The media figure of Paul Keating, Treasurer in the Hawke Labor government of 1983-91, and Australian Prime minister 1991-96, became central to my effort to understand popular debate about history. Widely represented as embodying economic rationalism and globalization during the 1980s, Keating “morphed” in the 1990s into a bearer of history and nationalism. The critical, revisionary accounts of colonial history admitted to the mainstream during the Bicentenary became, for four brief but heady years, institutionally dominant accounts. They even crept into the tourist industry: most obviously through museums, and the promotion of Aboriginal culture, but also through state support for an export image of Australian as an urbane, socially liberal, multiculturalist heaven.
Given that the contradictions between this culturalist program and the economic realities of life for most rural and working-class people had been obvious for a decade before the “Keating era” had began, it is not surprising that the era ended with a devastating defeat for Labor at the federal election of March 1996. For historians, it will be a long time before this period can be seriously evaluated. As a cultural critic, however, I am concerned with the role played by images and stories of the past in the conflicts of the present. For me, analyzing both phases of the Keating mythos, “economics” (the 1980s) and “history” (the 1990s), is that it shows how profoundly so-called “local” and “everyday” issues of identity, community, and cultural power – so acutely raised by the social pressures of a tourist economy – are shaped by and responsive to the “global” struggle over the future of the nation-state.
Meaghan Morris "Introduction: history in cultural studies" from Too soon, too late: history in popular culture. (1998) : 13.
Two of my favourite quotes from Australian cultural critic Meaghan Morris, and ones which have an odd resonance now, after the return of the Labor Party to government, and on the day after the first budget this new government presented.
What feels strange is that during the Hawke and Keating period, even into the Howard era (1996-2007), politics was bursting with narrativity. Keating's struggle to overcome Hawke was a biographical narrative that had Shakespearean echoes, while the struggle to reform and modernise the economy (so that story goes) was a narrative full of danger, thrills and conflict. The end of the Howard era saw his deputy oddly annointed as the successor in such a controlled and bloodless manner that the aggressive campaign to sieze power that Keating and his coteries waged cast Costello's feeble plotting as weak and lacking drama.
And yet here we are around 6 months into a new Labor government and to use a term like mythos about Kevin Rudd, let alone about the Treasurer Wayne Swann, seems more than inappropriate. Mark Bahnisch gets it right when he argues that Swann and Rudd's lack of charismatic magnitude, their repetition of phrases like "working families" (a meme that Obama has picked up), are not due to lack of imagination or ineptitude, but rather arise out of a mode of forming and speaking to a constituency not mediated by the punditocracy or the commentariat.
Keating, on the other hand, did speak as though the commentariat was important, albeit with increasing selectivity after his 1993 election win. Notorious for his blue shouting down the phone at journalists who got the story wrong or made an enemy of him, Keating once Prime Minister, as Morris analyses it, morphed from vector of economics to history: his big picture now had cultural-historical reform painted alongside the modernisation of the economy.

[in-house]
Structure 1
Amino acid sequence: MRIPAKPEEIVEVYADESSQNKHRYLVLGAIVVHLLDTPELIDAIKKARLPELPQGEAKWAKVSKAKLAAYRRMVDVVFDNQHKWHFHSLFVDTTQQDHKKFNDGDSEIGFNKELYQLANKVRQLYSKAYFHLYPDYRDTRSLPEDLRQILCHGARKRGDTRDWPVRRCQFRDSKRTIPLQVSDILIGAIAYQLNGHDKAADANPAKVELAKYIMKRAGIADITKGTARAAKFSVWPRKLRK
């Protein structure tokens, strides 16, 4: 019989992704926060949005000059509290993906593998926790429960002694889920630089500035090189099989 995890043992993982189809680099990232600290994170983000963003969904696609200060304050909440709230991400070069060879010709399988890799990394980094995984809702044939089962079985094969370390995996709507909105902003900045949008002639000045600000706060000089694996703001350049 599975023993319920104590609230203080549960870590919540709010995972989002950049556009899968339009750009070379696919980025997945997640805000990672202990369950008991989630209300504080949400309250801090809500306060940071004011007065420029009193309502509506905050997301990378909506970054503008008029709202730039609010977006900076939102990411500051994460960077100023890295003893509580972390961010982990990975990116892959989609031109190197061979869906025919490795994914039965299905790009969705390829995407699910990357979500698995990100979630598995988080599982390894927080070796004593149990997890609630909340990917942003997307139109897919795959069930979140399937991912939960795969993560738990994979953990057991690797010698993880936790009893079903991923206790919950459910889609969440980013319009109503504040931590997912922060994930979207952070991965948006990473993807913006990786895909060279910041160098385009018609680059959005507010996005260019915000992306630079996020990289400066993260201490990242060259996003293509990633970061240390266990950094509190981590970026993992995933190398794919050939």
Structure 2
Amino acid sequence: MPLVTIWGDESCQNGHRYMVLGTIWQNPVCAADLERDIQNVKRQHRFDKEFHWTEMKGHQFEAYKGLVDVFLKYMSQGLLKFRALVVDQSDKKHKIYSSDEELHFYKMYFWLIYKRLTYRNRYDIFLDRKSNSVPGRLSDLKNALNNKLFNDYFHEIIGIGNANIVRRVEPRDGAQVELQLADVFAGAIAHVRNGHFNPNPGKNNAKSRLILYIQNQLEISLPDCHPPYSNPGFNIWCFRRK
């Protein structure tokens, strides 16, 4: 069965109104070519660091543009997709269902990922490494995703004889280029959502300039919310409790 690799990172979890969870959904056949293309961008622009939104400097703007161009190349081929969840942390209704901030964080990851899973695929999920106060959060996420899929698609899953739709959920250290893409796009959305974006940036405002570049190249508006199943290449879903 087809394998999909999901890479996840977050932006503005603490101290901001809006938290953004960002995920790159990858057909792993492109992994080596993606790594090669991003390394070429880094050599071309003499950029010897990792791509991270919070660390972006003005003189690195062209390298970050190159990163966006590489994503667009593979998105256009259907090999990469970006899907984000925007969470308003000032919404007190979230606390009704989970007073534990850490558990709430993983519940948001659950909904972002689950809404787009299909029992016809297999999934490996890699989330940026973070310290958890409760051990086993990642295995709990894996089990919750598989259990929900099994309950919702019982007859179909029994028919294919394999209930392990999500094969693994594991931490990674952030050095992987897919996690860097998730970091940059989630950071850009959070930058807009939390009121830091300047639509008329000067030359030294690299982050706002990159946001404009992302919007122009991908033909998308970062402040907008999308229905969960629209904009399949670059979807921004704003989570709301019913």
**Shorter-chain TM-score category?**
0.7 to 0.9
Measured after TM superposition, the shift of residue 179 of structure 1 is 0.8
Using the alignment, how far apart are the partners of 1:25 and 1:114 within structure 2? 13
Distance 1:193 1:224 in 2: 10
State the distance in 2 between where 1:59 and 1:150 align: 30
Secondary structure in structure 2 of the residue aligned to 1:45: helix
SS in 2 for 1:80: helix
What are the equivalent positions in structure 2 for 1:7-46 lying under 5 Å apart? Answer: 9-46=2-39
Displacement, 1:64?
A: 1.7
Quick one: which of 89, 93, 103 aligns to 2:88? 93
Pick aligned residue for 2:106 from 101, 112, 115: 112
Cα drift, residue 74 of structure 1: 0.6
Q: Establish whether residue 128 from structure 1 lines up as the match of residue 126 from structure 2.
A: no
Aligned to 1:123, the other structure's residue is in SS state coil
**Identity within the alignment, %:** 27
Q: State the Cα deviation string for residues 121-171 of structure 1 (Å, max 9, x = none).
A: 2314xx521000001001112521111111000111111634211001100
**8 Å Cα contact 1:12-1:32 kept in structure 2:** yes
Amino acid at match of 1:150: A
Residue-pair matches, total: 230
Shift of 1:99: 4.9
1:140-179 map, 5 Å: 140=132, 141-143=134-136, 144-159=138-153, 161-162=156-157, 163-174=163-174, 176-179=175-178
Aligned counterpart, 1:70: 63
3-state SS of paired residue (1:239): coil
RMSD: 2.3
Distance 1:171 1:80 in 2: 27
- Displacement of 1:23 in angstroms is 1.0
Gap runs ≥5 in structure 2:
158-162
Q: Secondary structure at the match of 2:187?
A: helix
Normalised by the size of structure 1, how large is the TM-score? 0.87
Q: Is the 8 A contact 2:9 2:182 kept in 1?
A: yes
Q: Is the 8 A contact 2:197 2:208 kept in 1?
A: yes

And so the narrative often told of this period of transition from Labor to Liberal, a period marked by the intensification of teh culture wars, is that Keating alienated the battlers and ordinary Australians, once by economic rationalist reform (high interest rates, bankruptcy, manufacturing restructures) and twice by interpellating them as guilty, unsophisticated, conservatives. Howard, so it goes, listened, fought back against the cultural elites, declared that minority interest groups, the "X" industries (insert minor identity group), the cosmopolitan elites, the republicans.
The heat and stakes in that contest and conflict now seem to have been grossly inflated. Rudd and Swann, Deputy Prime Mnister Julia Gillard too, calm, technocratic, eschewing narratives aimed at the commentariat for catchphrases, like lines from haiku, repeated . . . repeated . . . repeated . . . relaxed & comfortable.
Does Keating hover over this weird calmness, as a spectre? Indeed has governmentality started to shift away from that phase informed by the myth of neoliberalism as deregulation toward a form of governing which clamly states and recognizes that even deregulation is a form of regulation?
On the other hand what was missing from the budget was any narrative forming responses to climate change. I wonder how Keating would have narrated a story about Australia's Green future?
WATCHING THE TREASURER
I want to believe the beautiful lies
the past spreads out like a feast.
Television is full of them & inside
their beauty you can act: Paul Keating's
bottom lip trembles then recovers,
like the exchange rate under pressure
buoyed up words come out -
elegant apostle of necessity, meaning
what rich Americans want, his world is
like a poem, completing that utopia
no philosopher could argue with, where
what seems, is & what your words describe
you know exists, under a few millimetres
of invisible cosmetic, bathed
in a milky white flourescent glow.
From The Stunned Mullet & Other Poems